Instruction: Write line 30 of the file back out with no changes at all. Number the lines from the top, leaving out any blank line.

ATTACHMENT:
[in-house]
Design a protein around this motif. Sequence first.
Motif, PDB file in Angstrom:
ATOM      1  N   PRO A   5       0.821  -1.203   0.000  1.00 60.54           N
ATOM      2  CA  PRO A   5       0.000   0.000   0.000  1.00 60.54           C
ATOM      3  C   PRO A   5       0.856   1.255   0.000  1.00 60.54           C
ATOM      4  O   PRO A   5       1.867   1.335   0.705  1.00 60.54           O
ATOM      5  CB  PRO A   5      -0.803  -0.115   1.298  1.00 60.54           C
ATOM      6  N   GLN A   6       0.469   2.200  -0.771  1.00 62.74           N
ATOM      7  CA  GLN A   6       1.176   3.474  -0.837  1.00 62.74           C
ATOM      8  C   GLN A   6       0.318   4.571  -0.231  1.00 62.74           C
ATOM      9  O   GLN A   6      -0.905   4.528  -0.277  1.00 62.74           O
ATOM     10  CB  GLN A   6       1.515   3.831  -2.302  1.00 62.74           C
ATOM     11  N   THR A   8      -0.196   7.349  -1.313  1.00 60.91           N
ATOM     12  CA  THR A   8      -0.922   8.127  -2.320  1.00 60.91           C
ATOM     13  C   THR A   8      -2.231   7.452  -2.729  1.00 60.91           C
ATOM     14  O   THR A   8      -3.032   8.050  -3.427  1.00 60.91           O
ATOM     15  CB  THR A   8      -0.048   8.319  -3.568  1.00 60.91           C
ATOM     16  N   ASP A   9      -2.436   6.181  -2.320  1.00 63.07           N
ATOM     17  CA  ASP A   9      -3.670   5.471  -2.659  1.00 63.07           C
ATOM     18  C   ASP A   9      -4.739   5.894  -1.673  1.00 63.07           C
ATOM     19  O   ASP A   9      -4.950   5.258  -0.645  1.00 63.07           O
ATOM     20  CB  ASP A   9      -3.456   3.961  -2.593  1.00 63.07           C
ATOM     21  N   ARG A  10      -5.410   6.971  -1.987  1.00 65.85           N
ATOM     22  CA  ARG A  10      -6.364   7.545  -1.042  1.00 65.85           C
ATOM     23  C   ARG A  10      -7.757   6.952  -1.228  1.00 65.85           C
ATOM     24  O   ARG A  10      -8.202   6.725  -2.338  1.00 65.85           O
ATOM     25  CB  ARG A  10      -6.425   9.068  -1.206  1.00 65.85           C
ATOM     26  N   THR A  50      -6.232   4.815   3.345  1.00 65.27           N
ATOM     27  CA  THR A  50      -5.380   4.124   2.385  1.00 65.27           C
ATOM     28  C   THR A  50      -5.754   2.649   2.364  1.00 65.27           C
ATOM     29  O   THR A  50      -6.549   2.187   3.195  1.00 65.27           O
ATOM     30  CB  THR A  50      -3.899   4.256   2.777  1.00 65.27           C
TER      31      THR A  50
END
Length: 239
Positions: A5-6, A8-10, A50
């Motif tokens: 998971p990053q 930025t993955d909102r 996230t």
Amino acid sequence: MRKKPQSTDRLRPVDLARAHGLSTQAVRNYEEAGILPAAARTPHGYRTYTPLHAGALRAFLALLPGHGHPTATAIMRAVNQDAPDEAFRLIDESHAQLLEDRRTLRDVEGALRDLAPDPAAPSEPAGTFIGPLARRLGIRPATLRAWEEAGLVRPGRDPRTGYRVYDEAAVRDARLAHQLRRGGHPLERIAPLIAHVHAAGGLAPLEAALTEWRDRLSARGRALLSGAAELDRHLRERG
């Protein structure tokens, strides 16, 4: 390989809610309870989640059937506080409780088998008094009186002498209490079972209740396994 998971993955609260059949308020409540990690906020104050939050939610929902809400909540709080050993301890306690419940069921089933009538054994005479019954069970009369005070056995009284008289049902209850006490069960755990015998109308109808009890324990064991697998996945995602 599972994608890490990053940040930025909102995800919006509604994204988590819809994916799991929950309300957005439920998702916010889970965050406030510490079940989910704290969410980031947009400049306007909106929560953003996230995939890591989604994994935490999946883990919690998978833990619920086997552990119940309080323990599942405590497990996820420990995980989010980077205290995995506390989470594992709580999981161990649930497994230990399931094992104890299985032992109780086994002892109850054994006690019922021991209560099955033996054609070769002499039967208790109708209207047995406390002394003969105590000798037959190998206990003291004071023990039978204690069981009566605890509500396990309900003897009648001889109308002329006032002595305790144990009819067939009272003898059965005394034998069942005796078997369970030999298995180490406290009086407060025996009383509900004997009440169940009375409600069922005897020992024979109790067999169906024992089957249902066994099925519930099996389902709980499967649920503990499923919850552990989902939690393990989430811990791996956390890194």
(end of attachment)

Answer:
ATOM     27  CA  THR A  50      -5.380   4.124   2.385  1.00 65.27           C